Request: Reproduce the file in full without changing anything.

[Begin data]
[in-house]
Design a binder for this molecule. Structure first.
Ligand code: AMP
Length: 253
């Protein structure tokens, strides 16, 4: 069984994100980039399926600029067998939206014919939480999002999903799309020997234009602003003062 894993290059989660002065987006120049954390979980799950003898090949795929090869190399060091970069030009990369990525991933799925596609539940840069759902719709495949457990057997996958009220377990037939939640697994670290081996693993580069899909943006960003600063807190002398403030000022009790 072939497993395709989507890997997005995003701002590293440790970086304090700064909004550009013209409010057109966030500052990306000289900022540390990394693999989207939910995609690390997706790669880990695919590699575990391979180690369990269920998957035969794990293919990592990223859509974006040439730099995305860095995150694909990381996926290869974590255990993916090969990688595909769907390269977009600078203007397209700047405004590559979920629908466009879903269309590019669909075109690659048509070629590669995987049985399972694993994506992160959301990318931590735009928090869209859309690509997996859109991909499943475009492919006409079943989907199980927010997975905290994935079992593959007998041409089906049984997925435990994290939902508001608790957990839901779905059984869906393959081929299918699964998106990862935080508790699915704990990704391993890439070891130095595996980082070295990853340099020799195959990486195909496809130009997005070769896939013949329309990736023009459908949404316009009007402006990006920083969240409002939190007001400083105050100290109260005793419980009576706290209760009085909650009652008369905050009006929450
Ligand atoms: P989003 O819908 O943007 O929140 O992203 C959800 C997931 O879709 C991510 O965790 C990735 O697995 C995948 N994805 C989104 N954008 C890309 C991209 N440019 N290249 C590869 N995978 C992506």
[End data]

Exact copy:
[in-house]
Design a binder for this molecule. Structure first.
Ligand code: AMP
Length: 253
């Protein structure tokens, strides 16, 4: 069984994100980039399926600029067998939206014919939480999002999903799309020997234009602003003062 894993290059989660002065987006120049954390979980799950003898090949795929090869190399060091970069030009990369990525991933799925596609539940840069759902719709495949457990057997996958009220377990037939939640697994670290081996693993580069899909943006960003600063807190002398403030000022009790 072939497993395709989507890997997005995003701002590293440790970086304090700064909004550009013209409010057109966030500052990306000289900022540390990394693999989207939910995609690390997706790669880990695919590699575990391979180690369990269920998957035969794990293919990592990223859509974006040439730099995305860095995150694909990381996926290869974590255990993916090969990688595909769907390269977009600078203007397209700047405004590559979920629908466009879903269309590019669909075109690659048509070629590669995987049985399972694993994506992160959301990318931590735009928090869209859309690509997996859109991909499943475009492919006409079943989907199980927010997975905290994935079992593959007998041409089906049984997925435990994290939902508001608790957990839901779905059984869906393959081929299918699964998106990862935080508790699915704990990704391993890439070891130095595996980082070295990853340099020799195959990486195909496809130009997005070769896939013949329309990736023009459908949404316009009007402006990006920083969240409002939190007001400083105050100290109260005793419980009576706290209760009085909650009652008369905050009006929450
Ligand atoms: P989003 O819908 O943007 O929140 O992203 C959800 C997931 O879709 C991510 O965790 C990735 O697995 C995948 N994805 C989104 N954008 C890309 C991209 N440019 N290249 C590869 N995978 C992506």